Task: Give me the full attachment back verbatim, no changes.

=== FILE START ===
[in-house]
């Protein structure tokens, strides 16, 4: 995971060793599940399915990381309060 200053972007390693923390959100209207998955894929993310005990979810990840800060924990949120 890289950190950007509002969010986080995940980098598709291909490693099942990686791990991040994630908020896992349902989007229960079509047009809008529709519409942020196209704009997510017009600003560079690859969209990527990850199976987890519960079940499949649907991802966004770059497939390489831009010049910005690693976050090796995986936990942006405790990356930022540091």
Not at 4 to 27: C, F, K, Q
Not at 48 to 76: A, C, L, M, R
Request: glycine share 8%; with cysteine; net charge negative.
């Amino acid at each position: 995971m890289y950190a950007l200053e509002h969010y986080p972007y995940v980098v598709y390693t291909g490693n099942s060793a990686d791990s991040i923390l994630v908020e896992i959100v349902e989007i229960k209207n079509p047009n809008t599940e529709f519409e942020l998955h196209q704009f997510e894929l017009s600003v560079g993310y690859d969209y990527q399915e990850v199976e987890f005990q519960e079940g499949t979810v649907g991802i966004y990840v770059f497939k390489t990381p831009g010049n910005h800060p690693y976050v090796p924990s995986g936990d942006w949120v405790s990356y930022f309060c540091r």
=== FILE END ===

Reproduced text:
[in-house]
């Protein structure tokens, strides 16, 4: 995971060793599940399915990381309060 200053972007390693923390959100209207998955894929993310005990979810990840800060924990949120 890289950190950007509002969010986080995940980098598709291909490693099942990686791990991040994630908020896992349902989007229960079509047009809008529709519409942020196209704009997510017009600003560079690859969209990527990850199976987890519960079940499949649907991802966004770059497939390489831009010049910005690693976050090796995986936990942006405790990356930022540091």
Not at 4 to 27: C, F, K, Q
Not at 48 to 76: A, C, L, M, R
Request: glycine share 8%; with cysteine; net charge negative.
């Amino acid at each position: 995971m890289y950190a950007l200053e509002h969010y986080p972007y995940v980098v598709y390693t291909g490693n099942s060793a990686d791990s991040i923390l994630v908020e896992i959100v349902e989007i229960k209207n079509p047009n809008t599940e529709f519409e942020l998955h196209q704009f997510e894929l017009s600003v560079g993310y690859d969209y990527q399915e990850v199976e987890f005990q519960e079940g499949t979810v649907g991802i966004y990840v770059f497939k390489t990381p831009g010049n910005h800060p690693y976050v090796p924990s995986g936990d942006w949120v405790s990356y930022f309060c540091r």